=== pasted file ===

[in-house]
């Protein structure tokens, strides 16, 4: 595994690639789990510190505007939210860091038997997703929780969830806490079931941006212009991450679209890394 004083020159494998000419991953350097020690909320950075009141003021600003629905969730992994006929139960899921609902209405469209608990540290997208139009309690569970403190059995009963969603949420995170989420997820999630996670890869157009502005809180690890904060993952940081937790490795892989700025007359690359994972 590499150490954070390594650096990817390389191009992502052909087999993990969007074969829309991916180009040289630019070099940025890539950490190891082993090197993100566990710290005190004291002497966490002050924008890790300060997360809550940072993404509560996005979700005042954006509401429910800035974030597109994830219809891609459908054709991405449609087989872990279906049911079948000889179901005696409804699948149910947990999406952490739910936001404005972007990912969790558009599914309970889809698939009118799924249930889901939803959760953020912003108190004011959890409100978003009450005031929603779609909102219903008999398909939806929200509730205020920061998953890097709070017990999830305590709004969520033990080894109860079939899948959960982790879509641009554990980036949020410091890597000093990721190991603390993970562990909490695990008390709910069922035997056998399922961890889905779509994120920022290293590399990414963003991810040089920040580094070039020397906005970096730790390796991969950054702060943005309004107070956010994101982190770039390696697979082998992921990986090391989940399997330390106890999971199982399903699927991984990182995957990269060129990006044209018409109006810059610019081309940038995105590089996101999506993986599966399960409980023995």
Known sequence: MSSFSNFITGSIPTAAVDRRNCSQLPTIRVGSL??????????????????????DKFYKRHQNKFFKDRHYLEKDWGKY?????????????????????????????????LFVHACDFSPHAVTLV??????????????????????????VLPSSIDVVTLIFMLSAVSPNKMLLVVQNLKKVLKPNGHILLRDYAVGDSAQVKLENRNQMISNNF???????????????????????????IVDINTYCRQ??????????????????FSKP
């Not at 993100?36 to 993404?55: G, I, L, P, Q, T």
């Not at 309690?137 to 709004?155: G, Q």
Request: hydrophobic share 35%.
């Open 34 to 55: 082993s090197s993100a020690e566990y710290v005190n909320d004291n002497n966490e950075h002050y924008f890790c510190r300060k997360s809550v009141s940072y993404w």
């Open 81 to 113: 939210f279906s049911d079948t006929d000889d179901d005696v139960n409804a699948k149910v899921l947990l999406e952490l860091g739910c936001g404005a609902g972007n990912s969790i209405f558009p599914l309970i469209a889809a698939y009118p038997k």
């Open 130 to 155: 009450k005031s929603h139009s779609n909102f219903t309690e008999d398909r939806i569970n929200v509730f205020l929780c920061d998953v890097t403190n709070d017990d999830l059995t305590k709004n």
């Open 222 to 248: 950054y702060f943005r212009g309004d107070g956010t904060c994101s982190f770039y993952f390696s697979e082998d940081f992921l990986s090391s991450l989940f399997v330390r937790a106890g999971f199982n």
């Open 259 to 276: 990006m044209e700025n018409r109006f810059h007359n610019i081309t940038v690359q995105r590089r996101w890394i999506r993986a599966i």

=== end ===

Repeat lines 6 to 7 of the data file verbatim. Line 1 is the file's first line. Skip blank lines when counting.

Request: hydrophobic share 35%.
């Open 34 to 55: 082993s090197s993100a020690e566990y710290v005190n909320d004291n002497n966490e950075h002050y924008f890790c510190r300060k997360s809550v009141s940072y993404w």